By Jack McShane
An important almost always very enjoyable task for one who writes about observations in our natural world is getting out there. In mid-March I endeavored to accomplish as much of this as I could and also co-joined this with other tasks such as pruning apple trees and clearing trails and some lawn areas of leaves and fallen brush. It was on March 24th that I had Nancy inspect an unreachable and unseeable very itchy spot on my back that had been bothering me for a few days. What she discovered was a fully imbedded and engorged tick. She deftly and slowly removed it with a small plastic tool made just for such an operation. Being that it was fully engorged, it was obvious that it had been feasting there for at least 3 or 4 days well beyond the time needed (48 hours) for the critter to possibly pass on Lyme or other disease into me. A quick call to Margaretville Advanced Physicians had the prescription for the necessary antibiotic. The regimen of 2 a day for 14 days was begun. I want to publicly thank these very professional, efficient and caring folks at our Margaretville Hospital, as we are very lucky to have these wonderful folks at our beck and call.
End of March into April was a tough time of evictions and dislocations. So, what the heck am I talking about? It was the season for the cleanout of the forty-some bluebird boxes, (not that the only attractees are bluebirds,) that are posted in many locations on the property. Then there are the twenty or so wood duck boxes located in the vicinity of ponds and wetlands. Many are in need of repair and get repaired. As to the evictions, almost all these small structures attract the intended species, but many do not as they become the chosen domicile for other bird species and a number of small mammals. It is important to do this cleaning out of last year’s nests so as to stimulate nest building and hence desired procreation. What one comes across as the clean-out process proceeds can be interesting and, in some instances, both unnerving and emotional, such as when it comes to, or not to, remove a mouse or two or three that have, with obvious great effort, constructed a snug nest that enabled them to survive winter weather and many predators seeking to make a meal of them. Sometimes if it is a nasty weather day there will be no eviction, I let them stay. Why a bluebird over a mouse? Such prejudice! One time upon opening the door two flying squirrels came literally flying out, and as I was closing the door to let them be, a third flew out onto my shoulder, and then to the base of a nearby tree. So many surprises! You just never know what will happen during these cleaning operations.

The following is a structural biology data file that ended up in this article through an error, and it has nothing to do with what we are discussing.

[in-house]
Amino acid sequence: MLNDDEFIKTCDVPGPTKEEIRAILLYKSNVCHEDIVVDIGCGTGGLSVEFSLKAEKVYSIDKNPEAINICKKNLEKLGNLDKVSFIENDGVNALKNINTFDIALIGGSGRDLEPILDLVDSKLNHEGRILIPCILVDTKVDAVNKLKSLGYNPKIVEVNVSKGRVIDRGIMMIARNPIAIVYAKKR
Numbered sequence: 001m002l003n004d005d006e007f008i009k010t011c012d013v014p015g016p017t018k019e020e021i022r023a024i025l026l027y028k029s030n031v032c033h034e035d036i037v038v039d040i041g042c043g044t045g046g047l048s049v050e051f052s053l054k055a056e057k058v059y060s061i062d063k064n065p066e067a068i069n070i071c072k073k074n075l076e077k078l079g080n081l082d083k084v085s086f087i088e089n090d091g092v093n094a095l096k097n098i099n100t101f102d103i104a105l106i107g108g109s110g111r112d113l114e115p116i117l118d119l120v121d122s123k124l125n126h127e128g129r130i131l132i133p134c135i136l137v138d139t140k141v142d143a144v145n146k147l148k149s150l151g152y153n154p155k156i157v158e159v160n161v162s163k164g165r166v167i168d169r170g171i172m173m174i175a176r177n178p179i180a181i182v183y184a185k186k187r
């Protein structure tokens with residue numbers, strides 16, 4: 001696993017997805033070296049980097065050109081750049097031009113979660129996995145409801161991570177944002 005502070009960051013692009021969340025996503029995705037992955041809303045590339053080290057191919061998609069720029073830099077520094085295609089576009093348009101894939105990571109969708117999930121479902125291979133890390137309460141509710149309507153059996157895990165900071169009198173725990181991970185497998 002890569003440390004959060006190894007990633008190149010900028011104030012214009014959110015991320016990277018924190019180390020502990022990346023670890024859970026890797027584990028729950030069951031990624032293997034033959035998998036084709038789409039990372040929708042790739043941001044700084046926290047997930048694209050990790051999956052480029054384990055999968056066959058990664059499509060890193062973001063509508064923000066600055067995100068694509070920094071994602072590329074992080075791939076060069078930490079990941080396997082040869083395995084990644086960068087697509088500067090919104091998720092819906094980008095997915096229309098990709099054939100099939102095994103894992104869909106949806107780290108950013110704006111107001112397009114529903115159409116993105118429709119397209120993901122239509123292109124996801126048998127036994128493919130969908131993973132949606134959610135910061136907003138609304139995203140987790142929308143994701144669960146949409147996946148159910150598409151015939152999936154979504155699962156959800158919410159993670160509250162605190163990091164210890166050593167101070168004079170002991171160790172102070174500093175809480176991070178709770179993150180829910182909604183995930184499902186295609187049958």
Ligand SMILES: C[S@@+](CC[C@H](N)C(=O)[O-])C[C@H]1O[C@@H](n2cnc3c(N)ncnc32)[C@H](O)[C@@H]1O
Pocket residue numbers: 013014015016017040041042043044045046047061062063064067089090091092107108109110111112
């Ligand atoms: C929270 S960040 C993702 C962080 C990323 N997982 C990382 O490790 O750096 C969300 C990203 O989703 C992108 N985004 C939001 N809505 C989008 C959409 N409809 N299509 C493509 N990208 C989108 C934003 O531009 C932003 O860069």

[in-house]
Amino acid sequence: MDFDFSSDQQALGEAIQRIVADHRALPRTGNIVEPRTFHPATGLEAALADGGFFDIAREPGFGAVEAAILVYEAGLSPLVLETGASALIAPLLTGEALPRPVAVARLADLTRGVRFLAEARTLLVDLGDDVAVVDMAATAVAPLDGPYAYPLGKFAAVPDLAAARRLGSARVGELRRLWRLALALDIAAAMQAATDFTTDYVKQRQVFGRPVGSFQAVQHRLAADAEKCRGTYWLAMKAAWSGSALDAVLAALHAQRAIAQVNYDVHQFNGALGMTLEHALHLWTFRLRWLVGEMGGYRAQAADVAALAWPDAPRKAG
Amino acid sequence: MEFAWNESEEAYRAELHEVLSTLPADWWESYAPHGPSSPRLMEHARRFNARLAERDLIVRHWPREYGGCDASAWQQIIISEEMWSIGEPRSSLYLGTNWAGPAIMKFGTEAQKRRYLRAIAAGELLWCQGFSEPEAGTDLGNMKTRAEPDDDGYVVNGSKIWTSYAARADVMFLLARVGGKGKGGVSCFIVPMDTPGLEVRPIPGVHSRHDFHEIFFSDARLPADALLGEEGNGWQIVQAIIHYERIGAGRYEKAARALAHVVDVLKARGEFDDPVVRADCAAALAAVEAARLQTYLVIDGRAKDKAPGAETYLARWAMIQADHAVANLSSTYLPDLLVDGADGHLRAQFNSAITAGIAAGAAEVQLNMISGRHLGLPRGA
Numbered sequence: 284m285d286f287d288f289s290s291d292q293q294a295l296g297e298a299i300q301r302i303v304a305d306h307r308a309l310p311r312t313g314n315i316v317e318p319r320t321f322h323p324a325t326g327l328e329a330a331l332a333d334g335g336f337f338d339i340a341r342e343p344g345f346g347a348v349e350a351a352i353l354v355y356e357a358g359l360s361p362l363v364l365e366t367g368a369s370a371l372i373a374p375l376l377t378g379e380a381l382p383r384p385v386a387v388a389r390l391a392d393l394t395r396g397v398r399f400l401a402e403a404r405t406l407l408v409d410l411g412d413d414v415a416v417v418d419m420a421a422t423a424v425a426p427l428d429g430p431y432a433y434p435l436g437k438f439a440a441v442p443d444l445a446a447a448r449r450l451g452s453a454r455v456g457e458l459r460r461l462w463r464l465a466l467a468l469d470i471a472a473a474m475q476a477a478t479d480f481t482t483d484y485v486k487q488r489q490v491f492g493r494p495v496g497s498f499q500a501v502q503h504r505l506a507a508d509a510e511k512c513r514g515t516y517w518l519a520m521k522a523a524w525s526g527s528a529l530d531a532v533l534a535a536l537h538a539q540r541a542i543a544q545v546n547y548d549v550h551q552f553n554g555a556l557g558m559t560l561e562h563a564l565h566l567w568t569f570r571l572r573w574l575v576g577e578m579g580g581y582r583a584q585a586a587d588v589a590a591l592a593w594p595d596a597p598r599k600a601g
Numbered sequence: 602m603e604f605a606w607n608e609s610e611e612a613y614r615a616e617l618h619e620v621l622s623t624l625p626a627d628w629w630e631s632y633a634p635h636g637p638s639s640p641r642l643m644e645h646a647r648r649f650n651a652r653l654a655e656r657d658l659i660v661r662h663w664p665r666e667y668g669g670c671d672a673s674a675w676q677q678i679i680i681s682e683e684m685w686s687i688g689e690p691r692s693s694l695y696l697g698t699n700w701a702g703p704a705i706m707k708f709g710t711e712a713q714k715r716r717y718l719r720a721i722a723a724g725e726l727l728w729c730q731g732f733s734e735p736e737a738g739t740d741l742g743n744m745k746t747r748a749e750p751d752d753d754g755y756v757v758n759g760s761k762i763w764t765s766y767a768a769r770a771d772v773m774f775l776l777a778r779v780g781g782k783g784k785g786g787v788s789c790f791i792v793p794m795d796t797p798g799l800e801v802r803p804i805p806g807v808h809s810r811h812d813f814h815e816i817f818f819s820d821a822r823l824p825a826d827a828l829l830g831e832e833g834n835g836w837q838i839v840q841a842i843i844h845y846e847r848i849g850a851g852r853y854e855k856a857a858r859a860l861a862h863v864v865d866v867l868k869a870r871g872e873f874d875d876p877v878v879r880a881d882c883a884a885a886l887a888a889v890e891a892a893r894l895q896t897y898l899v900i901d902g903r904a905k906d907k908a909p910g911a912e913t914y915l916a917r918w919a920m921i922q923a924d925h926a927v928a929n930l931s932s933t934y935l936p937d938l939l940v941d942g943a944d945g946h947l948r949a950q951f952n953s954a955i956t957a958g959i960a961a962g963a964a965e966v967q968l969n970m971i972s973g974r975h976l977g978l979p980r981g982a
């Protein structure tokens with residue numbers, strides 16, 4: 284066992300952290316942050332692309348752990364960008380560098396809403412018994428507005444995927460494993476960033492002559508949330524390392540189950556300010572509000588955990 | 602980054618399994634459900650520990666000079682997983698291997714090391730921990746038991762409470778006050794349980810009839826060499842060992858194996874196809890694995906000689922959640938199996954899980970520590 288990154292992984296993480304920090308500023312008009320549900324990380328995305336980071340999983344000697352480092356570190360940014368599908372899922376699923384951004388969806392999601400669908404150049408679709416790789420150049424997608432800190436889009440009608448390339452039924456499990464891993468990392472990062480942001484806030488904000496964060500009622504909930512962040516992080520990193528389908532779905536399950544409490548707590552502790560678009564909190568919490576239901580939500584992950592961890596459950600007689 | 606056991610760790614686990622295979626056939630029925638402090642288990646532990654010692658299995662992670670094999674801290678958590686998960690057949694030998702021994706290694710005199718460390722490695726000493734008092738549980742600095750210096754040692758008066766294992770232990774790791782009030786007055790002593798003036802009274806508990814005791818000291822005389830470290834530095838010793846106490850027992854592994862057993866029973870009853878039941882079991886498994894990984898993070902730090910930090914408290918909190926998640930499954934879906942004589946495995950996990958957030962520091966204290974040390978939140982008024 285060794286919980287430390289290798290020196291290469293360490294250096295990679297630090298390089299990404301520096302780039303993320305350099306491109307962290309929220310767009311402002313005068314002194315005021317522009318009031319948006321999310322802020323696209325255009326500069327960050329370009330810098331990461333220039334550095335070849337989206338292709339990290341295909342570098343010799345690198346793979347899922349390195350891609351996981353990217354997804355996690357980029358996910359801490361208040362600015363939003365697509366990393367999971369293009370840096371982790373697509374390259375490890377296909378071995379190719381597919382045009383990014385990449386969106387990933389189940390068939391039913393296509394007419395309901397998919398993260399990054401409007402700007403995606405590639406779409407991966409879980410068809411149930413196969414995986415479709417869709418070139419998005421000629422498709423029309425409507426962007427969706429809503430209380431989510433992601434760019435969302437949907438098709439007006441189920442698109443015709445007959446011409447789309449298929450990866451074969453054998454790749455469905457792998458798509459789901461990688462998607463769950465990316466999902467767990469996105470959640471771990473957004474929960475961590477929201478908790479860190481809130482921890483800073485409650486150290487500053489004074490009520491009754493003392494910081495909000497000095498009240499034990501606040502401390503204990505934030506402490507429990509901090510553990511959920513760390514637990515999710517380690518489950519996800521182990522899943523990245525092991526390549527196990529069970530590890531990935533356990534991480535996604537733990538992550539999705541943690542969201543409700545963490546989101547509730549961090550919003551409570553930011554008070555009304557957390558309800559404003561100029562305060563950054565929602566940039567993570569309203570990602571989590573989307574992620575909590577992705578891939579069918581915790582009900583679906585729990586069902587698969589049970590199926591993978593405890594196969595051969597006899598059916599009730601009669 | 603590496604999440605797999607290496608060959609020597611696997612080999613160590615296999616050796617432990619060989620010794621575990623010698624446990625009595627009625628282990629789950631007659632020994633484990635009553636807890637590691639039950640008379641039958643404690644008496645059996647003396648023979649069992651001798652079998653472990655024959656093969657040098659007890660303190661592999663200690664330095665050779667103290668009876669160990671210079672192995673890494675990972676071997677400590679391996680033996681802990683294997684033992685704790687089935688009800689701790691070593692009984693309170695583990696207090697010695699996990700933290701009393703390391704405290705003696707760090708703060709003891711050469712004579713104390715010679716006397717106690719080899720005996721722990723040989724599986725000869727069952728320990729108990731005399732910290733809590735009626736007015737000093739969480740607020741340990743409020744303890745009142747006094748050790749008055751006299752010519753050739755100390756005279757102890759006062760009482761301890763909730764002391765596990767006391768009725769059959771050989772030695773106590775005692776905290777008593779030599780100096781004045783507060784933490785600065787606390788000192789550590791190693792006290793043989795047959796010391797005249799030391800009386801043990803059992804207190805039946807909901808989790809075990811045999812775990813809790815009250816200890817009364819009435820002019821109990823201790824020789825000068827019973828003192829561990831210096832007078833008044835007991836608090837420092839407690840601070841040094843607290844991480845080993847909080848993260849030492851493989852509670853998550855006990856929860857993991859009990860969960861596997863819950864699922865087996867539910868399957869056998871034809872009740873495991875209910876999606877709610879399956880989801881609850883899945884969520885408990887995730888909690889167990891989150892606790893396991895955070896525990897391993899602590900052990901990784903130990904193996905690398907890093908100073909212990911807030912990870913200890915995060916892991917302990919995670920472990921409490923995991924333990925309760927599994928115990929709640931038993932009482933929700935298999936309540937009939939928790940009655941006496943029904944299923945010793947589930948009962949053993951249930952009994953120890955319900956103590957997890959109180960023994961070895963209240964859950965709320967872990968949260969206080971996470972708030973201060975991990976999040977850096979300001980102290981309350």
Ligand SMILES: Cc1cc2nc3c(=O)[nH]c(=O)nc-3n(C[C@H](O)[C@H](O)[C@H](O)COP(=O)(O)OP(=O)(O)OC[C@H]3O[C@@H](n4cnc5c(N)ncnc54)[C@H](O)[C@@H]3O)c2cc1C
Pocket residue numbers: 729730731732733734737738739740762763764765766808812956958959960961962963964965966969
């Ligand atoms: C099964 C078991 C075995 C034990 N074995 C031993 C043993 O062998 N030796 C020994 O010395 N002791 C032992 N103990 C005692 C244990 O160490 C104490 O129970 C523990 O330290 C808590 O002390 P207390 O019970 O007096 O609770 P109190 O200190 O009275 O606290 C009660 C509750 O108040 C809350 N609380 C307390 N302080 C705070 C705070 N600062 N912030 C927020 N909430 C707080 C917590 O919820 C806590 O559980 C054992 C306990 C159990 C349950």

On April Fool’s Day I watched from the kitchen window at a long distance with binoculars where an interesting escapade was occurring. At the edge of a distant field there were three tom turkeys lying about a yard apart with a fourth strutting and continuously circling one on the end. Finally, the circled bird got up and shook himself off. This did not deter the circling and strutting by the other. Eventually the others got up and all four moved slowly off with the circling dance of the one continuing. Now, having hunted and watched wild turkey antics most of my mature life, I have never before observed such a performance. In my mind it begs the question: did the strutter believe the other was his main competitor for a receptive hen or was it that he had a crush on him? I have no access to the inner workings of the minds of these wild creatures. My word to all four of these guys is to beware as you go about entertaining the local hens: as of May 1st that plaintive hen call may be instead that of a well camouflaged turkey hunter, cocked and ready.
Having been tagged as the “infernal optimist” by an elderly, (she was younger than I am now), and much esteemed board member of the Catskill Forest Association when I was president of the organization, I am determined now even more to remain true to that mantle she attached to me. So, think not what will become of us, but be of good cheer and get into the natural world. Explore and observe, the results of which can be relaxation, happiness and even great wonder. Enjoy the very specialness of our Andes environs!~